\mathbf{h(y|x) = \int f(y|\theta) \pi(\theta|x) \text{d} \theta}

and using P^h(t(Y)\ge t(x) |x) to define the “surprise” means that

  1. the tail event is evaluated under a distribution that is “most” favourable to x, since it is based on the posterior distribution of \theta given x. [This point somehow relates to the “using the data twice” argument that I do not really understand in this setting: conditional on x, this is a proper Bayesian way of evaluating the probability of the event \{t(Y)\ge t(x)\}. (What one does with this evaluation is another issue!)]

  2. following Andrew Gelman’s discussion, there is no accounting for the fact that “all models are wrong” and that we are working from within a model trying to judge of the adequacy of this model, in a Munchausen’s way of pull oneself up to the Moon. Again, there is a fair danger in using P^h(t(Y)\ge t(x) |x) as the posterior probability of the model being “true”…

  3. I think the approach does not account for the (decisional) uses of the numerical evaluation, hence is lacking calibration: Is a value of 10¯² small?! Is a value of 10¯³ very small?! Are those absolute or relative values?! And if the value is used to decide for or against a model, what are the consequences of this decision?

  4. the choice of the summary statistic t(x) is quite relevant for the value of the surprise measure and there is no intrinsic choice. For instance, I first thought using the marginal likelihood m(x) would be a relevant choice, but alas this is not invariant under a change of variables.

  5. another [connected] point that is often neglected in model comparison and model evaluation is that sufficient statistics are only sufficient within a given model, but not for comparing nor evaluating this model. For instance, when comparing a Poisson model with a negative binomial model, the sum of the observation is sufficient in both cases but not in the comparison!

Bayesian p-values

Posted in Books, Statistics with tags , , on May 3, 2009 by xi'an

“The posterior probability of the null hypothesis is a point probability and thus not appropriate to use.”

This morning, during my “lazy Sunday” breakfast, due to the extended May first weekend, I was already done with the newspapers of the week and I thus moved to the pile of unread Statistics journals. One intriguing paper was Bayesian p-values by Lin et al. in the latest issue of JRSS Series C. The very concept of a Bayesian p-value is challenging and the very idea would make many (most?) Bayesian cringe! In the most standard perspective, a p-value is a frequentist concept that is incredibly easy to misuse as “the probability that the null hypothesis is true” but also that is intrinsically misguided. There are a lot of papers and books dealing with this issue, including Berger and Wolpert’s (1988) Likelihood Principle (available for free!), and I do not want to repeat here the arguments about the lack of validity of this pervasive quantification of statistical tests. In the case of , the Bayesian p-values were simply defined as tail posterior probabilities and thus were not p-values per se… The goal of the paper was not to define a “new” methodology but to evaluate the impact of the Dirichlet prior parameters on those posterior probabilities. I still do not understand the above quote since, while there is some degree of controversy about using Bayes factors with improper priors, point null hypotheses may still be properly defined…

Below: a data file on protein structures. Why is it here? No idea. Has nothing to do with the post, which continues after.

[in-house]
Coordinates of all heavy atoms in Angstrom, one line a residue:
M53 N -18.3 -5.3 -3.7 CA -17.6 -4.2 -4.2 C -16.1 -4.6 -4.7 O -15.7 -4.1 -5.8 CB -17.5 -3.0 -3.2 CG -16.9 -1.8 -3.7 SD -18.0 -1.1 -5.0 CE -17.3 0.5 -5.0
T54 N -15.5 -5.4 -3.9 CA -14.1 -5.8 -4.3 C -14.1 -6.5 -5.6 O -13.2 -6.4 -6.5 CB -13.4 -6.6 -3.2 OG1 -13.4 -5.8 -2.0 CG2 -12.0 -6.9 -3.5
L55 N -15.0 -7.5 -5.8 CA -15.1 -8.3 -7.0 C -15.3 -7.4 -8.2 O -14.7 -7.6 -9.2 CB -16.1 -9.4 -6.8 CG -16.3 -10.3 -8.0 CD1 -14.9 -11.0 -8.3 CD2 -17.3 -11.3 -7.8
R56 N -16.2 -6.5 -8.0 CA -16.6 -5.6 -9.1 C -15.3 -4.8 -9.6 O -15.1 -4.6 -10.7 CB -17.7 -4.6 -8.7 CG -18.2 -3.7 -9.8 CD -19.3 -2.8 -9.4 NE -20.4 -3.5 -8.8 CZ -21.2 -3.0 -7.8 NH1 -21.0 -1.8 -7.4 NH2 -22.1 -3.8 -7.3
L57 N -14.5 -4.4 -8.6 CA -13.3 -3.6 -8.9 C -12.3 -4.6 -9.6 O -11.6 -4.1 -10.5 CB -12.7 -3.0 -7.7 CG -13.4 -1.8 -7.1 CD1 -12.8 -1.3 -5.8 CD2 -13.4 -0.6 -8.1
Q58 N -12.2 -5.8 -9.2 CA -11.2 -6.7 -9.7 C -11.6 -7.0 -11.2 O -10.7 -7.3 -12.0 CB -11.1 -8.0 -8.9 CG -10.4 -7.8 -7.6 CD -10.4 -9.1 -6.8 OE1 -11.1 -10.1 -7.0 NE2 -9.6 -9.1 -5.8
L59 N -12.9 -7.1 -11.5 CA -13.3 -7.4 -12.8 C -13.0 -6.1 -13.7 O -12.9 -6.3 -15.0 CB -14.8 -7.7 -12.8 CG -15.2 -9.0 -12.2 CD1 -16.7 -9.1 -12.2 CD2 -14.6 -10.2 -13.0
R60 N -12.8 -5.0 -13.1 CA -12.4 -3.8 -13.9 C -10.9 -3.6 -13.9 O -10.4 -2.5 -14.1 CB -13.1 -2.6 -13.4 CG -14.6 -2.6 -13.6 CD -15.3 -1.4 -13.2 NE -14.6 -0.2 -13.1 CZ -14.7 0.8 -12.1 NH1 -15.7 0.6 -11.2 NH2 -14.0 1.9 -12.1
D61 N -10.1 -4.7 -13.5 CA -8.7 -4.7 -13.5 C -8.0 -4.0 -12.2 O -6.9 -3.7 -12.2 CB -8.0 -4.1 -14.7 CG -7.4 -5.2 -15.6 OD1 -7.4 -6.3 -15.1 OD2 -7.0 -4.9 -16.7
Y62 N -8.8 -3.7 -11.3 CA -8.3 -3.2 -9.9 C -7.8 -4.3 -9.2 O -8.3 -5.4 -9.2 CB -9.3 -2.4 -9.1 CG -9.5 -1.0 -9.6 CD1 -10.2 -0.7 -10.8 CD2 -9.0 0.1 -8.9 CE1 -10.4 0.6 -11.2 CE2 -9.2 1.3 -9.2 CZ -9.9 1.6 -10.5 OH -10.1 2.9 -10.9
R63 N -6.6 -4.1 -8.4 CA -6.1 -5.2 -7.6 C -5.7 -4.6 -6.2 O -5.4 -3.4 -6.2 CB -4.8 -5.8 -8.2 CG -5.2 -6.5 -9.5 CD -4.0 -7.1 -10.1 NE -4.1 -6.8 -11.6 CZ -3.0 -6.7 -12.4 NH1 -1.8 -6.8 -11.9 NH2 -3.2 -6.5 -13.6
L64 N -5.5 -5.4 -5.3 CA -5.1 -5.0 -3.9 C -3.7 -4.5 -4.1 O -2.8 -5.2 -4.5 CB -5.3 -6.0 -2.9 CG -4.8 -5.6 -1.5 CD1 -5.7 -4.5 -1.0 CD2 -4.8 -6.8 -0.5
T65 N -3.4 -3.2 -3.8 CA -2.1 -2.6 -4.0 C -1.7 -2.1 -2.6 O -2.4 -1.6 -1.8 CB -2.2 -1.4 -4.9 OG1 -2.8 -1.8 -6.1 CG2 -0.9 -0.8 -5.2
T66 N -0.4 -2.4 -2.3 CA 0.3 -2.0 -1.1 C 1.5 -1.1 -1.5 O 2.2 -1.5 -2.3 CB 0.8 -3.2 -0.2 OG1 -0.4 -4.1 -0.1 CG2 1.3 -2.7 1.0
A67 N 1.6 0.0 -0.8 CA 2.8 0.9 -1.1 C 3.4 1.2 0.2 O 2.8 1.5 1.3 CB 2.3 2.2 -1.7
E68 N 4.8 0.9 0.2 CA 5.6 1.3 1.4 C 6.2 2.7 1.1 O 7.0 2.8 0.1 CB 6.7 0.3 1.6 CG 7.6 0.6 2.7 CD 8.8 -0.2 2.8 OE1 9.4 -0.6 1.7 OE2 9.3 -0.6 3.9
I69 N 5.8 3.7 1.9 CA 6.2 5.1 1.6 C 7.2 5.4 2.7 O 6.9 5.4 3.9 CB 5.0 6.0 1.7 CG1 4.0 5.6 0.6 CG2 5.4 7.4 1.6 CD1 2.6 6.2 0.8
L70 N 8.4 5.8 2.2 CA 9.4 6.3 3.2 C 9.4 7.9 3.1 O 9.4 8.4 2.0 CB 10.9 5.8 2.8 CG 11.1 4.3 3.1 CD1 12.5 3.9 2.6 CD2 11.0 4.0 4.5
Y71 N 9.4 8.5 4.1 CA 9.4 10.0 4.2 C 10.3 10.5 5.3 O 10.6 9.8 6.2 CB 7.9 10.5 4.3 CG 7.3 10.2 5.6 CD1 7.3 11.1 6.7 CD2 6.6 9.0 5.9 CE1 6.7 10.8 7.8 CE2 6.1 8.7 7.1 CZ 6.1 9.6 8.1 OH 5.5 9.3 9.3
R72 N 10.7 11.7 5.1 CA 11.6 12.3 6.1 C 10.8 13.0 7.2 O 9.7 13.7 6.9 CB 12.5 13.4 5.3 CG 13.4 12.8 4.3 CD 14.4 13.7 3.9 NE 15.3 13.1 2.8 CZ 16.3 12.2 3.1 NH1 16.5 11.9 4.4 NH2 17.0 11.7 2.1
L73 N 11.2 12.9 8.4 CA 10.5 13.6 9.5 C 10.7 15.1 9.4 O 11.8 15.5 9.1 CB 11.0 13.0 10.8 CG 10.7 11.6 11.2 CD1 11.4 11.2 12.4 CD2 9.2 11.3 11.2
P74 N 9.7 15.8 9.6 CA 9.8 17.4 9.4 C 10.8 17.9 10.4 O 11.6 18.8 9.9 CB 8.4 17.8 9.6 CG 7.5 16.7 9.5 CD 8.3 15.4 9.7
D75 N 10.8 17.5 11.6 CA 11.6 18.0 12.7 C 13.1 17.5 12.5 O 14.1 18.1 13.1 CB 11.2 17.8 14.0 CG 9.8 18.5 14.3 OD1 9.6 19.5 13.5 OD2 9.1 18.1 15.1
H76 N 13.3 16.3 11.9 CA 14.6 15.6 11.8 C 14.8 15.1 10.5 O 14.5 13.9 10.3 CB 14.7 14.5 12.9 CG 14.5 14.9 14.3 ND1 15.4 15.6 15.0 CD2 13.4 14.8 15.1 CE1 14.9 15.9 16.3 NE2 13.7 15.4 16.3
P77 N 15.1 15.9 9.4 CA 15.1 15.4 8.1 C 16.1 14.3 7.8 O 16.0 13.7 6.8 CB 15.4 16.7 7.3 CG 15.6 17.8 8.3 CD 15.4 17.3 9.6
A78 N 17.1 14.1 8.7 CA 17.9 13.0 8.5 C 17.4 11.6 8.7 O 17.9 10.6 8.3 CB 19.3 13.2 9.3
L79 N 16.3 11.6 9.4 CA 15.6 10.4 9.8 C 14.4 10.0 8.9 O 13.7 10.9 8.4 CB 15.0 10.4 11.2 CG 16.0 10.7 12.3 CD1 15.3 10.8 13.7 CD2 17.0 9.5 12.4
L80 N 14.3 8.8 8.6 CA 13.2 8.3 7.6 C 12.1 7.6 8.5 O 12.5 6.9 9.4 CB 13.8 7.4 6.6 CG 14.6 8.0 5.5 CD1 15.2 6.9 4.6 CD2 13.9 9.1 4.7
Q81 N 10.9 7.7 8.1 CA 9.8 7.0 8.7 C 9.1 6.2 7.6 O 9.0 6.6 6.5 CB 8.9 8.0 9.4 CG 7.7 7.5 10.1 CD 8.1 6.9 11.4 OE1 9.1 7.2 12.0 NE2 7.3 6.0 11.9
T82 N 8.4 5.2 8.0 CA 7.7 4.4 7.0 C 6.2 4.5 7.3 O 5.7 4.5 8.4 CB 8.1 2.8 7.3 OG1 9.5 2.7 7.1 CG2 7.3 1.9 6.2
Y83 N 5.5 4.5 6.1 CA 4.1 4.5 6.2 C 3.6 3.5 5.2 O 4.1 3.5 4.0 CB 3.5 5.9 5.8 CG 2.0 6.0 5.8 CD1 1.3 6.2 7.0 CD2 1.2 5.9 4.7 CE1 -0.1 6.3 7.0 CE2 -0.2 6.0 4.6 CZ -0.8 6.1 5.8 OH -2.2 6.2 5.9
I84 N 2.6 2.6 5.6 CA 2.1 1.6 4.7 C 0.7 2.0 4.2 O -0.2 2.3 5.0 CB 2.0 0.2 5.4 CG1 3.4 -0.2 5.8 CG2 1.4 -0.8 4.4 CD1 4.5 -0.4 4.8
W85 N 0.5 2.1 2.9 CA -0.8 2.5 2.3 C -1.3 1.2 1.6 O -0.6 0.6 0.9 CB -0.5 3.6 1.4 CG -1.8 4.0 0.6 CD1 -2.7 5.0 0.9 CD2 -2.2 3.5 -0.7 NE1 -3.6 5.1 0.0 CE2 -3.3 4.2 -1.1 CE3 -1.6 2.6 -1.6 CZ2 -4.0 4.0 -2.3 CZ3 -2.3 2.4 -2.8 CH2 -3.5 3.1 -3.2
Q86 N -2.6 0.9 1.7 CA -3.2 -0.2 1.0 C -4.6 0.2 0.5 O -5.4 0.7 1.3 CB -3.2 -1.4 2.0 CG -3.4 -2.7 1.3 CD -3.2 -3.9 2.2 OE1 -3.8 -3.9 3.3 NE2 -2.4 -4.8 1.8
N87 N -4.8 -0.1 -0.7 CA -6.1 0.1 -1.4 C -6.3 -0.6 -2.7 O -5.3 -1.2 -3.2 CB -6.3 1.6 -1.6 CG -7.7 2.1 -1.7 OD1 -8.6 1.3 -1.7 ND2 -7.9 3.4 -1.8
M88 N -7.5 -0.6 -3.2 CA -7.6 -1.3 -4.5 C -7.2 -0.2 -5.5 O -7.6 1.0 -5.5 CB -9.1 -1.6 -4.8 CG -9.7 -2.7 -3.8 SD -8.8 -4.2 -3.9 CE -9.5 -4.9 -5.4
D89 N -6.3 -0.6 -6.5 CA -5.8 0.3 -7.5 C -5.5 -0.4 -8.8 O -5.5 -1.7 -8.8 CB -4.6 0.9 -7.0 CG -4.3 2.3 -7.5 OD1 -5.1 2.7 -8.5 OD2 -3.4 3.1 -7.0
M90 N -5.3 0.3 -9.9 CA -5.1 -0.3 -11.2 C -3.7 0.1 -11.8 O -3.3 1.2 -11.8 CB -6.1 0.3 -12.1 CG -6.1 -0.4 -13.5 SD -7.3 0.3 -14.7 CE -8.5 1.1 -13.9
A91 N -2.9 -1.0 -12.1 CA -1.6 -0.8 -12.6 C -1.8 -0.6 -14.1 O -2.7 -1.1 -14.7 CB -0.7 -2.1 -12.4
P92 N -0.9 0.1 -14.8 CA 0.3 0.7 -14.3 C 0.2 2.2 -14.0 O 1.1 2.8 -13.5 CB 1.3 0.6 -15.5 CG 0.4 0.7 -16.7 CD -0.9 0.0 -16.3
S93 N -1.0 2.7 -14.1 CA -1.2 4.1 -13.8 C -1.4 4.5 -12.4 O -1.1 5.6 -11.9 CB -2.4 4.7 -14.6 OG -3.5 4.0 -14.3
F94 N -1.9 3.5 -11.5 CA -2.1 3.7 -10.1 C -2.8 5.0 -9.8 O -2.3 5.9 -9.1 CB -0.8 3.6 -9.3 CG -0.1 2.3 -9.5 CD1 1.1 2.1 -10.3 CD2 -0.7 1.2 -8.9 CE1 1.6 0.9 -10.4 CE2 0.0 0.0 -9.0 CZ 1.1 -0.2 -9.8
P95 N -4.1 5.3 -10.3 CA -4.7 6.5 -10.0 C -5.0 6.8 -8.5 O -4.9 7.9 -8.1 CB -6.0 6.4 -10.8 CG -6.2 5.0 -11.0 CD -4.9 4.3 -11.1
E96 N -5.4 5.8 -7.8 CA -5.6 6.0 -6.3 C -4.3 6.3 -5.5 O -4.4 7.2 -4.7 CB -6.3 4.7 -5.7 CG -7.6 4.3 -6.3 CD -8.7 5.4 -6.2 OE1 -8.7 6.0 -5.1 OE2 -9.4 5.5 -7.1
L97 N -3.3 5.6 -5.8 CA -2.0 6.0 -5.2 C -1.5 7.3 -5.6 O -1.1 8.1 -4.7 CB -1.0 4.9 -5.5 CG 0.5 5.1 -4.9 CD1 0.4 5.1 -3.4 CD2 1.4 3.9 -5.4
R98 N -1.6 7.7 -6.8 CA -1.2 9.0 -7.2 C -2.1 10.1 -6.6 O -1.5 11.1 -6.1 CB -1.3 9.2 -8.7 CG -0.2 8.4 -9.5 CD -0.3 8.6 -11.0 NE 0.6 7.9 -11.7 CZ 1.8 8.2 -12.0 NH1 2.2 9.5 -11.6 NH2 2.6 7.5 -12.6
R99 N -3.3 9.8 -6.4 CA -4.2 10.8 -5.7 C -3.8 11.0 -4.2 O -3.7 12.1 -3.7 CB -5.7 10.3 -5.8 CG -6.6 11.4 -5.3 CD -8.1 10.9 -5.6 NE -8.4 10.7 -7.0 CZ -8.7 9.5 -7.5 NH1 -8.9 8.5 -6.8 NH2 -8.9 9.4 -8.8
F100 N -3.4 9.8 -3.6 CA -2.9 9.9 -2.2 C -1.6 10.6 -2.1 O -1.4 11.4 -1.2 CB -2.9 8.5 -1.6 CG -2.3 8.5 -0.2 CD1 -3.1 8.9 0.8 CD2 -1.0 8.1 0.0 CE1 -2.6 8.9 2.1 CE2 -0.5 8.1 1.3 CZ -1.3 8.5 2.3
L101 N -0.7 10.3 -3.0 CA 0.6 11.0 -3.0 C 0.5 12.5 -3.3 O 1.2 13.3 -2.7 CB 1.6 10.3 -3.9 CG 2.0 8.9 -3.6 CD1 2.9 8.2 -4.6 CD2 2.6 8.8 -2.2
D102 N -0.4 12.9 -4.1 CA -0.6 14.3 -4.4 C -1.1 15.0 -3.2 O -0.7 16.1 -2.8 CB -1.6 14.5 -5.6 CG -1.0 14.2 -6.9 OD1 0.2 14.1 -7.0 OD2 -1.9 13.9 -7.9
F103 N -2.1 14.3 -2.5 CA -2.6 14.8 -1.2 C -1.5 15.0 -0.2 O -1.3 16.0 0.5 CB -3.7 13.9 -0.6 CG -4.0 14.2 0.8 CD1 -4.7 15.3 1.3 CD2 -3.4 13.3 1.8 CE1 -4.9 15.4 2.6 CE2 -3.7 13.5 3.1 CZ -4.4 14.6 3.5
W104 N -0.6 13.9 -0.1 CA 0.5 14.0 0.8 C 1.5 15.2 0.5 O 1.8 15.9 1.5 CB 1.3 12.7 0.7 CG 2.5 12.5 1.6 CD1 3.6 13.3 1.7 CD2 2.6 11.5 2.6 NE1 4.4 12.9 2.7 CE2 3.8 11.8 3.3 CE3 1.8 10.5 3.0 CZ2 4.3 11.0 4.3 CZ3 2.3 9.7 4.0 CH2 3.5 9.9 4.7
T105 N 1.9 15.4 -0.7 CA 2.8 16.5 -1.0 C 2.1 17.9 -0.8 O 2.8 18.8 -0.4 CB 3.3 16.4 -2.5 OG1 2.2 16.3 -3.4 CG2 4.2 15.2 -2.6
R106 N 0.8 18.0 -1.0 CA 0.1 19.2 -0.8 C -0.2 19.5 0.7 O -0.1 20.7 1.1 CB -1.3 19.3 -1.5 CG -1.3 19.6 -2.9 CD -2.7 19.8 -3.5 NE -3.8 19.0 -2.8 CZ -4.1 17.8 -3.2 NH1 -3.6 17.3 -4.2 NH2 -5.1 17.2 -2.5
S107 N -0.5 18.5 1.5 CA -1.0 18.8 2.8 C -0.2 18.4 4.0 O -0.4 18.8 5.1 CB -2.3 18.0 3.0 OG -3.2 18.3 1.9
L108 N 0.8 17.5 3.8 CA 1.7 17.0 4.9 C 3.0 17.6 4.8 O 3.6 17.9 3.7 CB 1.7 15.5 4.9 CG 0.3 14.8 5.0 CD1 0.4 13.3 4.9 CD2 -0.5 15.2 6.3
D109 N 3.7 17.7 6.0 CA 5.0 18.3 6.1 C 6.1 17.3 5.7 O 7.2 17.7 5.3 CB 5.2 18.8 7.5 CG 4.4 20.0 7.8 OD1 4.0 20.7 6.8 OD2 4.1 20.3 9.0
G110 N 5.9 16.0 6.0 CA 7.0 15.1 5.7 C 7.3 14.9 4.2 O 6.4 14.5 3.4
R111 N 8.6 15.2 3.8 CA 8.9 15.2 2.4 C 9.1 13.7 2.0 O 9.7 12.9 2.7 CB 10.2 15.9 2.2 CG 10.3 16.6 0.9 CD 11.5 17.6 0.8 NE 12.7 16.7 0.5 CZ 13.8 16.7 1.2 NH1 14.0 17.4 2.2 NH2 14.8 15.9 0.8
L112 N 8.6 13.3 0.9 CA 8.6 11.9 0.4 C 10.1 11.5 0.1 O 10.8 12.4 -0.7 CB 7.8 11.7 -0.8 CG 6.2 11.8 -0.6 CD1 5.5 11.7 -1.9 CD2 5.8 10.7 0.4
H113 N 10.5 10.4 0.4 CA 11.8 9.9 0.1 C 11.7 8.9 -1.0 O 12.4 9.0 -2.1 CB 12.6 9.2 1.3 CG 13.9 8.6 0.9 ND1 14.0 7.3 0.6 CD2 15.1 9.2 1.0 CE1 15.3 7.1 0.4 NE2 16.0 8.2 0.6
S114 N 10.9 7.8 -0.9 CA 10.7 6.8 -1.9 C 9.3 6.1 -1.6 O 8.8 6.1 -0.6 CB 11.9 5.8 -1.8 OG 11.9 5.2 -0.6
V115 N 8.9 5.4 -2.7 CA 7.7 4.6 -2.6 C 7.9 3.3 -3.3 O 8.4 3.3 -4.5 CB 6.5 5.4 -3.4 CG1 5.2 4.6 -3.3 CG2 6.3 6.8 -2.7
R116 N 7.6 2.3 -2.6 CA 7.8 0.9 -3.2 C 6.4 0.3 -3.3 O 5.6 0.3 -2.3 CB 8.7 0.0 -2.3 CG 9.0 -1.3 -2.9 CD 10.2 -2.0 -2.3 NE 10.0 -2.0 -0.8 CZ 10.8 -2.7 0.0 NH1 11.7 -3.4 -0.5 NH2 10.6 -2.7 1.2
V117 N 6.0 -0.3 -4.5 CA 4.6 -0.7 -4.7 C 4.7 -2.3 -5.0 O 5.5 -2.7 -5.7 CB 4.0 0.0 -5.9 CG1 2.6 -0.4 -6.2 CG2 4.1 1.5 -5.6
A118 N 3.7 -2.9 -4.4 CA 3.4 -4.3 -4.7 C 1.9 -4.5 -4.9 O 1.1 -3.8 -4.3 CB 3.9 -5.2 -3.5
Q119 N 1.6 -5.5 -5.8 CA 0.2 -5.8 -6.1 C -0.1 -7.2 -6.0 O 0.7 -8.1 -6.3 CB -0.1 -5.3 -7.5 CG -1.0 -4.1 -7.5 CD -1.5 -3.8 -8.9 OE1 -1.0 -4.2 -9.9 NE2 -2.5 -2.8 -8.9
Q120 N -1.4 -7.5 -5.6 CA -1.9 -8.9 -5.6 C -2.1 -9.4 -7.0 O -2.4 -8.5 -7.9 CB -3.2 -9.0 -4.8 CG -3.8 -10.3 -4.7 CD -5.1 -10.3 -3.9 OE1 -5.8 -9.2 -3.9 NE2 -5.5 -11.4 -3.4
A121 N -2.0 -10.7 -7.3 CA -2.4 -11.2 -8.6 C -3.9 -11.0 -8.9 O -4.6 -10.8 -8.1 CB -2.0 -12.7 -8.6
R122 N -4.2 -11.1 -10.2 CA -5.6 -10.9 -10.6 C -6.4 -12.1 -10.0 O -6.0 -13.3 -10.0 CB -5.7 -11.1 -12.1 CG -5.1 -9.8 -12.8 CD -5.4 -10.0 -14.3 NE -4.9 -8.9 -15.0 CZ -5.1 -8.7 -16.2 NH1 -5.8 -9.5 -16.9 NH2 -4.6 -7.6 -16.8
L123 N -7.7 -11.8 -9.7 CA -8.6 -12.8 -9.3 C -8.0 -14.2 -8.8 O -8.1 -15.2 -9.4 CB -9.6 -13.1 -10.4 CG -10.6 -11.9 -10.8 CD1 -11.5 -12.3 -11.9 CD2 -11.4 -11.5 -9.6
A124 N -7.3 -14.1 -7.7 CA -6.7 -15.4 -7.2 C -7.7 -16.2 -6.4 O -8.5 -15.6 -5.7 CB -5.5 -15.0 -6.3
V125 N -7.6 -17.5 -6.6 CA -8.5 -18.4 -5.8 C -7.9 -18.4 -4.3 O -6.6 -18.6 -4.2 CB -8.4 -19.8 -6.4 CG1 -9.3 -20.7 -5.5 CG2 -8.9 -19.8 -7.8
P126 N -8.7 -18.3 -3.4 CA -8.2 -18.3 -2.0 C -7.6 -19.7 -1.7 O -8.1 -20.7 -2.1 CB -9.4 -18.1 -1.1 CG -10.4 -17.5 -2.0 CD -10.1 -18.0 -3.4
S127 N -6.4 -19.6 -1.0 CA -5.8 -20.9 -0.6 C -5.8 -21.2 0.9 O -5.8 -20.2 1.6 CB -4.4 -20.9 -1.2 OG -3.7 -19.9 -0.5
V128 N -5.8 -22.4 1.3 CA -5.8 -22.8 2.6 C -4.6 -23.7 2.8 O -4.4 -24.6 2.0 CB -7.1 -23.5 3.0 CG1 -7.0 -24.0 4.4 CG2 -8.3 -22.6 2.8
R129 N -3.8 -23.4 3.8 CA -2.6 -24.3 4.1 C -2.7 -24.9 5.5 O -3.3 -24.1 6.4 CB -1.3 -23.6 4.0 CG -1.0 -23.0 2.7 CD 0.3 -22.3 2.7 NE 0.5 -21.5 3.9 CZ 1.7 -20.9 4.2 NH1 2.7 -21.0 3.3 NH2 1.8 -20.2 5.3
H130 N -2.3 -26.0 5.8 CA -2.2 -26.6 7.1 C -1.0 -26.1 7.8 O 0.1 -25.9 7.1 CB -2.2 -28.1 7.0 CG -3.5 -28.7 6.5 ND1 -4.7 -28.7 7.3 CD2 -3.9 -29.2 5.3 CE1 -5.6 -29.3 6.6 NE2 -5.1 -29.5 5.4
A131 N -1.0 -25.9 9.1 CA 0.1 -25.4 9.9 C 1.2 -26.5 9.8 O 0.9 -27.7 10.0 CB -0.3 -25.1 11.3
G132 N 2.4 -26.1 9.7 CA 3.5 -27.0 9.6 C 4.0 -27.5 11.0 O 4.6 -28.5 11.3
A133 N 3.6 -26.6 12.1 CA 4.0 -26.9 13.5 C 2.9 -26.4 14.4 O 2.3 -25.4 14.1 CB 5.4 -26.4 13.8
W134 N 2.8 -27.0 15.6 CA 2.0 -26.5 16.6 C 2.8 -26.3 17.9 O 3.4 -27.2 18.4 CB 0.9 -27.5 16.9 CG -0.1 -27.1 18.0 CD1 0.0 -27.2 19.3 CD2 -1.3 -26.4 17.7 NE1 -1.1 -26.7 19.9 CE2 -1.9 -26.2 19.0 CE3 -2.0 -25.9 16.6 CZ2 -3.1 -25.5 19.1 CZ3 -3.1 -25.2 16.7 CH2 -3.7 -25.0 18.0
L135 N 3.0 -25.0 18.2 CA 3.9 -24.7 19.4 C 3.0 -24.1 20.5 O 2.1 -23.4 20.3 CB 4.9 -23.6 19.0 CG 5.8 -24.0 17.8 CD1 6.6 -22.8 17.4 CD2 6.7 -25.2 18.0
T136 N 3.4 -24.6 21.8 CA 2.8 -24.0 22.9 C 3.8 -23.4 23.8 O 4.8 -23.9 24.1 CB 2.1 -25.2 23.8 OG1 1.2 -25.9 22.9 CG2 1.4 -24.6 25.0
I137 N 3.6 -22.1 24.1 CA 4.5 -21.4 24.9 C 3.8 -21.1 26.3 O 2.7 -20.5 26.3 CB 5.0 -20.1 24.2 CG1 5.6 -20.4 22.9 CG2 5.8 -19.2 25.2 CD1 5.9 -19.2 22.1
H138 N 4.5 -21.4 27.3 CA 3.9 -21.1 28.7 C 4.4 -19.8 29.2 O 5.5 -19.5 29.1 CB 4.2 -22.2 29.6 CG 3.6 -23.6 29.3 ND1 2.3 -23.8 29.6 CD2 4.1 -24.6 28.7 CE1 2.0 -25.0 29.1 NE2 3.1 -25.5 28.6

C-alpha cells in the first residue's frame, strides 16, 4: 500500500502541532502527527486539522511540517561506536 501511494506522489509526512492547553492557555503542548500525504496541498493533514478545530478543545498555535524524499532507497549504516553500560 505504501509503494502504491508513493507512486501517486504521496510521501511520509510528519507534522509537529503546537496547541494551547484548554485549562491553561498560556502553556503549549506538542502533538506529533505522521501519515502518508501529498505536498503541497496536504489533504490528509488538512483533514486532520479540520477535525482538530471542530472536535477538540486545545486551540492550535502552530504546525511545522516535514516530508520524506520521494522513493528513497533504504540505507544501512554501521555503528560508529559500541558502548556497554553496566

There is however an interesting larger issue related to this issue. Namely, Bayesian model evaluation: in a standard Bayesian modelling, both sides of an hypothesis are part of the modelling and the Bayes factor evaluates the likelihood of one side versus the other, bypassing the prior probabilities of each side (and hence missing the decision theoretic goal of maximising an utility function). There is however a debate whether or not this should always be the case and about the relevance of deciding about the “truth” of an hypothesis by simply looking at how far in the tails the observation is, as shown for instance by the recent paper of Templeton whose main criticism was on this point. Following this track may lead to different kinds of p-values, as for instance in Verdinelli and Wasserman’s paper (1998) and in our unpublished tech report with Judith Rousseau… Templeton argues that seeing a value that is too far in the tails (whether in a frequentist or a Bayesian sense) is enough to conclude about the falsity of a theory (calling, guess who?!, on Popper himself!). But, even in a scientific perspective, the rejection of an hypothesis must be followed by some kind of action, whose impact should be included within the test itself.

Ps-As a coincidence, the paper Allocation of Resources by Metcalf et al. in the same issue of Series C also contains some reflections about Bayesian p-values, using a predictive posterior probability of divergence as the central quantity

\mathbb{P}\left( D_\theta(Y^\text{rep},y^\text{obs}) > 0 | y^\text{obs} \right)

where obs and rep denote the observed and replicated data and where D is the discrepancy function, equal to zero when the replicated data equals the observed data. The result they obtain on their dataset is a perfect symmetry with a Bayesian p-value of 0.5. They conclude (rightly) that “despite being potentially useful as an informal diagnostic, there is little formal (decision theoretic) justification for the use of Bayesian p-values” (p.169).

Nested clade versus Bayes?

Posted in Statistics with tags , , , , on March 1, 2009 by xi'an